How does a city look through the eyes of its young people?
Could the green man at a busy pedestrian crossing flash for longer, allowing enough time to cross safely? Could there be more street lighting to get rid of dark no-go spaces?
These are some of the ideas young people in Cardiff's Grangetown have proposed.
They are taking part in a project, run by Cardiff University, asking them how they would improve their locality.
Yahya, 12, said he wants to "be safe, to be with our friends and family and to just enjoy ourselves really".
Armed with clipboards, young people took to the streets to point out changes that would make the area better for them.
"The cars don't ever seem to stop, they just keep on coming," 13-year-old Moneab said at a busy crossroads.
'It can be beautiful'
"If it turns green, it only turns green for a little bit and it doesn't give you much time to cross the whole road."
At the banks of the River Taff, 12-year-old Yahya pointed out littered crisp packets and plastic bags.
"It can be beautiful in the summer but when it's polluted it's not the best so I think that's why we need to change it," he said.
The project included young people from eight to 18 year olds, working with local schools and the area's youth forum. If it's successful, it could be used in other parts of the city.
Four themes were identified from the work in Grangetown.
Young people want to see a safer and cleaner community, more places to play, a greener Grangetown and an inclusive place which helps everyone.
'Scared, bored and angry'
Dr Matluba Khan, who is leading the project for Cardiff University, said the work would feed into a recovery plan after Covid.
"Children and young people didn't have the opportunity to meet their friends and their cousins.
"The celebrations of Christmas and Eid have been affected", he said.
"They also mentioned feeling scared and bored and sometimes anger."
The challenge now is to make changes that boost children's wellbeing, and give council planners clear ideas about what young people want for the city.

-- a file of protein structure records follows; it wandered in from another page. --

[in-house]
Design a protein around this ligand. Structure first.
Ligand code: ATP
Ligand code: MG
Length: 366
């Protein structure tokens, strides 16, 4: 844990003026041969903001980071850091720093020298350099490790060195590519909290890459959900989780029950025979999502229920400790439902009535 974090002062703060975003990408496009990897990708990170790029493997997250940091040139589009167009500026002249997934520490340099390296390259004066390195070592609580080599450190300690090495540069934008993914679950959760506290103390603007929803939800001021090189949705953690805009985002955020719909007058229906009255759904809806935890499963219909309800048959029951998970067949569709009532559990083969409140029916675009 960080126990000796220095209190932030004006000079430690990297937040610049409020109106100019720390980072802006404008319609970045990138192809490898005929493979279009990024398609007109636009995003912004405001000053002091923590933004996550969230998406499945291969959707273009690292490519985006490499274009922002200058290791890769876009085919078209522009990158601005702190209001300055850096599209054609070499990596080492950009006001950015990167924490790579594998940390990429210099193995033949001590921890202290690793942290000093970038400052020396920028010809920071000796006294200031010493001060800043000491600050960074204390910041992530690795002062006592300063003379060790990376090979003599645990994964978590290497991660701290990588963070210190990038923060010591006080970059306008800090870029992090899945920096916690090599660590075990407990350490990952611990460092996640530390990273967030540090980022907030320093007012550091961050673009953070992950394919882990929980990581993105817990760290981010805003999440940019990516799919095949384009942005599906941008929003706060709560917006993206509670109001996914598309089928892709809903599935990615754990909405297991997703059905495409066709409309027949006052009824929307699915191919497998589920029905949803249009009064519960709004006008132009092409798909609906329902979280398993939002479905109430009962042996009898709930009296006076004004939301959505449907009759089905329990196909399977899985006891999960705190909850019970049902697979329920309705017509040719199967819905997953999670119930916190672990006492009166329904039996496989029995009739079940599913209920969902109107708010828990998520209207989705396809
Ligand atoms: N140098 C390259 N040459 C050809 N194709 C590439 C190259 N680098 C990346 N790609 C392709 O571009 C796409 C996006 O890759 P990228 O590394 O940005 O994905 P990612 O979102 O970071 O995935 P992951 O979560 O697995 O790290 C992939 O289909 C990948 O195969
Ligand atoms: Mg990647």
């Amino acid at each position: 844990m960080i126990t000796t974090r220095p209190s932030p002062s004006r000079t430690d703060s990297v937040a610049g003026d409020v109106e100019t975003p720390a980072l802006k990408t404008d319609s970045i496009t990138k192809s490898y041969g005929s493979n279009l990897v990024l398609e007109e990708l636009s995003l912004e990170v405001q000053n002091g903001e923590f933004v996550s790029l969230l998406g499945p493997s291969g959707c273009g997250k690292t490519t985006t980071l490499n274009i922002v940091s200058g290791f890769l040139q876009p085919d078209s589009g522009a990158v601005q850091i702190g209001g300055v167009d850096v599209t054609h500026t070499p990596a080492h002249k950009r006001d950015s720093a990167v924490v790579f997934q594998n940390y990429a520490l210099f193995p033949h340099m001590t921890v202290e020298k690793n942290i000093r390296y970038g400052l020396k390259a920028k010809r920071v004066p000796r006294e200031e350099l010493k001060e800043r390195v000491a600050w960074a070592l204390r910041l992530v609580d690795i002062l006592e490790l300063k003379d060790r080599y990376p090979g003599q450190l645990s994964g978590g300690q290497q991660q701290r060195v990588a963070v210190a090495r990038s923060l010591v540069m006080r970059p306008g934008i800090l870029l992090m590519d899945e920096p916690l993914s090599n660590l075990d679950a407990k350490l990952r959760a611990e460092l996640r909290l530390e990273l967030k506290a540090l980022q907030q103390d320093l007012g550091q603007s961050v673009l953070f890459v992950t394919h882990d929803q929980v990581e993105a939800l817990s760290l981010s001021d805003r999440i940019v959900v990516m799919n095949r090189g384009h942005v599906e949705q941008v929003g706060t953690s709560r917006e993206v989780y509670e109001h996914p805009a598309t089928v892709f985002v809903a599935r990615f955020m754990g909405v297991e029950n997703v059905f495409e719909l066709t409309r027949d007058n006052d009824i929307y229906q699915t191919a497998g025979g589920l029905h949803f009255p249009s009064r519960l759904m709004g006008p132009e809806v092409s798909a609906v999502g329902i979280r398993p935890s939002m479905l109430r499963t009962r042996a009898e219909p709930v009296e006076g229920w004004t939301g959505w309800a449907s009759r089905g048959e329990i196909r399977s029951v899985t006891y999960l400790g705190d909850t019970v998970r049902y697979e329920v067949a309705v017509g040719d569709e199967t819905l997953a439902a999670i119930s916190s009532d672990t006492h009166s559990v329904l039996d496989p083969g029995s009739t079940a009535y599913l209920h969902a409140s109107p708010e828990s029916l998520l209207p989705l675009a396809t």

Those who took part were given a small budget to make one of the changes they want to see - now they have to decide which one.
At the Grange pavilion, members of the youth forum placed stickers on a huge map of Grangetown, identifying potential changes.
While they appreciate the city's large green parks, some want more features rather than wide open spaces which can feel overwhelming.
They said the quality of road surfaces and pavements affect scooters, skateboards and buggies, not just cars.
Shoruk Nekeb, a director of the youth forum, admits she was "sceptical" about another research project in the area - but now feels it's "a really good tangible project because I can see the results".
The pandemic, Shoruk said, made the children "very self-aware of what's around them".
"It was pretty interesting sharing my thoughts with everyone else and it would be really nice to see what we actually talked about happen," Fatimah, 13, said.
The Cardiff University research comes as a Welsh charity said the ability for children to play is important as part of growing up.
Play Wales found 90% of 500 children surveyed are generally happy with the places they play, from playing outside in nature to playing on the street, a play centre, or at school playground.
The vast majority of the 500 parents surveyed said being able to play has a positive impact on the mental health of their children.
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